Research on oysters wins Intel ISEF 2014 finalist trip to China
Sally Albright from East Edgewater, Maryland won a First Award in Environmental Management and the Intel Foundation Cultural and Scientific Visit to China Award at Intel ISEF 2014. Below she tells us about her experience.
What was your experience being an Intel International Science and Engineering Fair finalist like? Most memorable moments?
Being a finalist at Intel ISEF was amazing. My science fair partner, Ally, and I were completely shocked when we found out our project was going to be one of only two projects from our regional fair in Maryland to move on to Intel ISEF.
Walking in to the Los Angeles Convention Center for the first time was definitely a bit overwhelming, however it was totally out-weighed by the excitement and pride that came along with it. The most memorable part of Intel ISEF for me was the cultural explosion everywhere you went. There were languages and dialects I had never heard before and cultural garb I had never seen, from more than 70 countries from virtually every corner of the globe!
Can you provide a short description of your research project and how you initially became interested in this topic/science in general?
Ally and I studied the harmful effects of Antifreeze (Ethylene Glycol) and how this chemical is impacting the Eastern Oyster, a keystone species of the Chesapeake Bay watershed. Antifreeze is getting into the Bay mainly from locations like airports, due to the need for de-icing airplanes in colder months of the year.
The Chesapeake Bay is North America’s largest watershed, and the Eastern Oyster is a keystone species of this watershed, primarily due to its ability to filter the water of sediments and excess nutrients. According to the Chesapeake Bay Foundation, the Eastern Oyster is less than 1% of its original population, and the Chesapeake Bay currently is roughly 73% less productive than its original state.
Ally and I both live near the Chesapeake Bay, and we believe the Eastern Oyster has the capacity to potentially restore our Bay’s health and productivity. This is why Ally and I decided to focus particularly on the Eastern Oyster when putting together this science fair project.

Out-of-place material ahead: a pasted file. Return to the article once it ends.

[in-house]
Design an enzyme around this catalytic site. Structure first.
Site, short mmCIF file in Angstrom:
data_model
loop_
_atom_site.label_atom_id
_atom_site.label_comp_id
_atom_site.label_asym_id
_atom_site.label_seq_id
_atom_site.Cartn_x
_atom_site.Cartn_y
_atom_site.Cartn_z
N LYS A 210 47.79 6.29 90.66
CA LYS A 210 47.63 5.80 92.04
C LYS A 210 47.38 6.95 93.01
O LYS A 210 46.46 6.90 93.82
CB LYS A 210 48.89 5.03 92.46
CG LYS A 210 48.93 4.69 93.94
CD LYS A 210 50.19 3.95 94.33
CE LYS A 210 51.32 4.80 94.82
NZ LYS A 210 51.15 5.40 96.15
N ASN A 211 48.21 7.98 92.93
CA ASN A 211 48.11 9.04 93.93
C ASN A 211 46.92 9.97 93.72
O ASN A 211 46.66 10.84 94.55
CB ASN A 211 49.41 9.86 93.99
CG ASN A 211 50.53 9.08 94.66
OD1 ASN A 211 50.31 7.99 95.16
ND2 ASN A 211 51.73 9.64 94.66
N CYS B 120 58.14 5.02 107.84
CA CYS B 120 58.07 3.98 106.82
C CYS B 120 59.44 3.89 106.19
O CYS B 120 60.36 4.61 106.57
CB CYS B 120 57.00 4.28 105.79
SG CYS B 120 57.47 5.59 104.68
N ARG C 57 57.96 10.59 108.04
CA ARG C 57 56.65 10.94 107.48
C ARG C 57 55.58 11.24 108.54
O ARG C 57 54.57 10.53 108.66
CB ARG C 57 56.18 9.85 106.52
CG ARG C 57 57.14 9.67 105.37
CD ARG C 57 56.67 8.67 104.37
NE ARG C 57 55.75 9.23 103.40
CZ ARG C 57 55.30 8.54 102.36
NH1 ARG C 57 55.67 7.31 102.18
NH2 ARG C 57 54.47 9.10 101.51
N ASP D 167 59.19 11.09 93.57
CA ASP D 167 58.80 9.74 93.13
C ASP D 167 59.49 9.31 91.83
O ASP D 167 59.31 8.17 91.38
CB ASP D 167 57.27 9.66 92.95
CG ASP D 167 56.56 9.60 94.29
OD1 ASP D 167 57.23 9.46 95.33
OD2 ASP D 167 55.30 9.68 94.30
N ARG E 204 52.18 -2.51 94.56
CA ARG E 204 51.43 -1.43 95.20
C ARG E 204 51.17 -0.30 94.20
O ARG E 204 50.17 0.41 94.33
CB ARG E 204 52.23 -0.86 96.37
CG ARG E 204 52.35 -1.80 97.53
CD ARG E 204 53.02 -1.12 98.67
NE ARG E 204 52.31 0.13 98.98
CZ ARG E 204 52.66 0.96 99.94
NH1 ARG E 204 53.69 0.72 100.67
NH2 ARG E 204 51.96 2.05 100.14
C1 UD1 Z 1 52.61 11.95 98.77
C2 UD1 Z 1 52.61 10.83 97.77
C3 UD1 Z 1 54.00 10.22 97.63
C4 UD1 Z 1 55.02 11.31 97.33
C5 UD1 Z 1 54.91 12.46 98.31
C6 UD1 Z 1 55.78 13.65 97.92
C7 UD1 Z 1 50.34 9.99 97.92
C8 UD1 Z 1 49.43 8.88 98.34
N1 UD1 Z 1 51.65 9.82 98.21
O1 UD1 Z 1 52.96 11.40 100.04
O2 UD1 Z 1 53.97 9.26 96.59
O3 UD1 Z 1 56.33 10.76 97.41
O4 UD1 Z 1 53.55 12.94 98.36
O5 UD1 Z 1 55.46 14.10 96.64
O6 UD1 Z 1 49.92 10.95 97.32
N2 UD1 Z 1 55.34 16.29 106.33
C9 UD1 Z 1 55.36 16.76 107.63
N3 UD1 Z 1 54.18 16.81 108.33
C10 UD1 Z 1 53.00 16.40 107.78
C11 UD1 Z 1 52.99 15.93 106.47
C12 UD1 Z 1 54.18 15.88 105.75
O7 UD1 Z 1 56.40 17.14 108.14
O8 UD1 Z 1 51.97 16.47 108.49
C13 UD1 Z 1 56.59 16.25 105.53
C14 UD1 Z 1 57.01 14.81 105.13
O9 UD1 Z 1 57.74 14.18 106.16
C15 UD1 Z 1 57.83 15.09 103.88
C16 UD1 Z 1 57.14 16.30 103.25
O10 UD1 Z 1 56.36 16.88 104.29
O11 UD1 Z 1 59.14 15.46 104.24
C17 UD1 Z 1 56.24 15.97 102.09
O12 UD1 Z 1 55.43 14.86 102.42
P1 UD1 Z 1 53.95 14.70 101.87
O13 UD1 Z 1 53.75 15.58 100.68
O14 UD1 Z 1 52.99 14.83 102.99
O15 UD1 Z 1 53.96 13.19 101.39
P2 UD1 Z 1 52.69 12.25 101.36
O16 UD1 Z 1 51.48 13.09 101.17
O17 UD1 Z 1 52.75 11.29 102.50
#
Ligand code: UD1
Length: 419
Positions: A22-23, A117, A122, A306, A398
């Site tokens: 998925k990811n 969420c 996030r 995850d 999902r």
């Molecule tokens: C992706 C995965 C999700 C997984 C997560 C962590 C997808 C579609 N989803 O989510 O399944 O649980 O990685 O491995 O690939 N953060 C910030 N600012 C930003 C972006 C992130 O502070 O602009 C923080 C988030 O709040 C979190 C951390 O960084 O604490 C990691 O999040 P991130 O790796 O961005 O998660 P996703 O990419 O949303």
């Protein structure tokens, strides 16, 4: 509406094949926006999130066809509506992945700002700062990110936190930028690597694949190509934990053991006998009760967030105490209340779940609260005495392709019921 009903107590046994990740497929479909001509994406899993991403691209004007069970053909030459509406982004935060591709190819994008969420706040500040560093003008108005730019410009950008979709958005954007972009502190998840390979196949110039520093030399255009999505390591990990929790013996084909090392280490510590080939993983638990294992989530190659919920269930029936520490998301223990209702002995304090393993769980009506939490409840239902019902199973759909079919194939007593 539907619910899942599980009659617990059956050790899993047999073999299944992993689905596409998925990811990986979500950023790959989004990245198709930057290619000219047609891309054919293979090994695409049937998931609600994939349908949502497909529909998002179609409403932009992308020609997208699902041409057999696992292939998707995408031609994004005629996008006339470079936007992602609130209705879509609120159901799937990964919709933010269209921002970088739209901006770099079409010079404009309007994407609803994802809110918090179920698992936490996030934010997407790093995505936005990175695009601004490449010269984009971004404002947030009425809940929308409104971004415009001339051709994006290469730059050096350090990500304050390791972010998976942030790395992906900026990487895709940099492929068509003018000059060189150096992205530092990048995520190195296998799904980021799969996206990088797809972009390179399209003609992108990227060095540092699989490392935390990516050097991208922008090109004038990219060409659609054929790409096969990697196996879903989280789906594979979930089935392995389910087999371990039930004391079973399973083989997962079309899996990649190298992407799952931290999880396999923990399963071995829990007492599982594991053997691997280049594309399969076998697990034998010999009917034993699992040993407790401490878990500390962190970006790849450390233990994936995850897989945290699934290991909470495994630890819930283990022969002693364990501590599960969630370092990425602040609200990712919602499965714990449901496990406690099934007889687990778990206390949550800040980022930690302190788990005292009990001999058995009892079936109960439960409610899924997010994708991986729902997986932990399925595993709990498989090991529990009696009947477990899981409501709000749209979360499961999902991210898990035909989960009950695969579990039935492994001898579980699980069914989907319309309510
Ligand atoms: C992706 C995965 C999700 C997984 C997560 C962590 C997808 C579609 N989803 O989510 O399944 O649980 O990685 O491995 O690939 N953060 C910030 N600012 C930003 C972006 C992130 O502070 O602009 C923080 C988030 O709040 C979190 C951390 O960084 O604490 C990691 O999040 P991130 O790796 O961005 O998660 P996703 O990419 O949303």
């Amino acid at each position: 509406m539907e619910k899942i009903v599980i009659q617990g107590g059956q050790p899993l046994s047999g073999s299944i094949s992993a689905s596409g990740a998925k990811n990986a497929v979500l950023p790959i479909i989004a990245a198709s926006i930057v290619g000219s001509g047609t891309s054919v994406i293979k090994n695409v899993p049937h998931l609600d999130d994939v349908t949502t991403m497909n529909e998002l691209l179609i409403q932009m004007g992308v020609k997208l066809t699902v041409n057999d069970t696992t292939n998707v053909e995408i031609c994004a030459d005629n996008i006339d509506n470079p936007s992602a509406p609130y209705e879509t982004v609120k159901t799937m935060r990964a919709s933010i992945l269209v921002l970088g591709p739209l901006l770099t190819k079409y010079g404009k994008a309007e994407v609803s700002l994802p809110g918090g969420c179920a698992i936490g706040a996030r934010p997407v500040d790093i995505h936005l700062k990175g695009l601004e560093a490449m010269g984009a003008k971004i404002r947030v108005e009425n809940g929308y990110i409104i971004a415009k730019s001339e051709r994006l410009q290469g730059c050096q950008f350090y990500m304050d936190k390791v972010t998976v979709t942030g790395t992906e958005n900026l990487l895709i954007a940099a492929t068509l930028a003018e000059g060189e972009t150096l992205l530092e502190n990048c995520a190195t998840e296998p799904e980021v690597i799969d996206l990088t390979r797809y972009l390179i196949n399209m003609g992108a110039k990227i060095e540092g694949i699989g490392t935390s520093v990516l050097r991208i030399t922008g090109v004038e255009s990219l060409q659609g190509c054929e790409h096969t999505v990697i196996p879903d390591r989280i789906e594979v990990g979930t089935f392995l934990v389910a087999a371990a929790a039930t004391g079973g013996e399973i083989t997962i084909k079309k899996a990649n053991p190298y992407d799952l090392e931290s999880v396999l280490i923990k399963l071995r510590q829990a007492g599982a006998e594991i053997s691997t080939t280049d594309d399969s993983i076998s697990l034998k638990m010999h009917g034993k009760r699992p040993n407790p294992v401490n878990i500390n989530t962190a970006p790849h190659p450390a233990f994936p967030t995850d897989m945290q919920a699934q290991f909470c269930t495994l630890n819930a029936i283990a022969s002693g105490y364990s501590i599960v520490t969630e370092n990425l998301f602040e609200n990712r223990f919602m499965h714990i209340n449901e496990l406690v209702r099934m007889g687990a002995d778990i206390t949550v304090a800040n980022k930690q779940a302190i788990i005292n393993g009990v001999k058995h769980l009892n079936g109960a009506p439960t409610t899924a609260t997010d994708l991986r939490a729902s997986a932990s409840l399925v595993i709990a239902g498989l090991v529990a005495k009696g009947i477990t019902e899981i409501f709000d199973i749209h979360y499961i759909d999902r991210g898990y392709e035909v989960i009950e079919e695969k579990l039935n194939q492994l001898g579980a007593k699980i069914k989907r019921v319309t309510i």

How has doing original research and participating in events like Intel ISEF affected you? Your education or career plans?
Having the opportunity to participate in Intel ISEF has opened up my eyes to a plethora of global issues that demand international attention. It has also fueled my interest in science, for learning new things, and for seeking out solutions to any problem, big or small.
I plan on pursuing an environmentally-related field of study in college, and currently I hope to someday find some way to incorporate my passion for international studies and my passion for environmental sciences into one awesome career 🙂 Fingers crossed!
You recently had the opportunity to travel to China as part of the Intel Foundation Cultural and Scientific Visit to China Award. Can you tell us about the highlights of that experience?
Being able to travel to China as part of the Intel Foundation Cultural and Scientific Visit to China Award was an incredibly experience that I will keep with me for the rest of my life. Our chaperones were really fun to travel with, our tour guides were unbelievably well-informed (seriously, they were walking, talking encyclopedias), our group of 6 Intel ISEF finalists immediately bonded like siblings upon arrival, and above all, the cultural immersion aspect of the trip was life-changing.
I learned how to use chopsticks, I climbed a mountain and bowed in a Buddhist temple, I used a squatter toilet (too much info?), I learned a fair amount of Chinese phrases, and much more. I could write a 10 page list of all the wonderful things we did, places we went, and people we met, honestly. Every moment was a highlight.
What are you up to now?
Ally and I are currently looking into writing a proposal to the US Environmental Protection Agency to regulate Ethylene Glycol as a harmful chemical, and hopefully limit its impact on the Chesapeake Bay watershed, and any waterway for that matter. We are privileged to have wonderful teachers at our school who are more than willing to support and assist us in this process, including our Environmental Science teacher, Mr. Carlo Echiverri, and our Systems Science teacher, Mrs. Ellie Nulud. Using the results from our experiment, Ally and I plan on making a real difference in our community.
Do you have any advice for other young students interested in science?
Never stop asking questions. Curiosity is what will spark your passions and will be the source of your drive and determination. Never lose your curiosity.
Also, remember that every mistake is an opportunity to learn something new. Please don’t ever give up on something simply because you find it challenging. You are capable of making a difference with your mind 🙂
Check out Sally’s personal blog about her trip.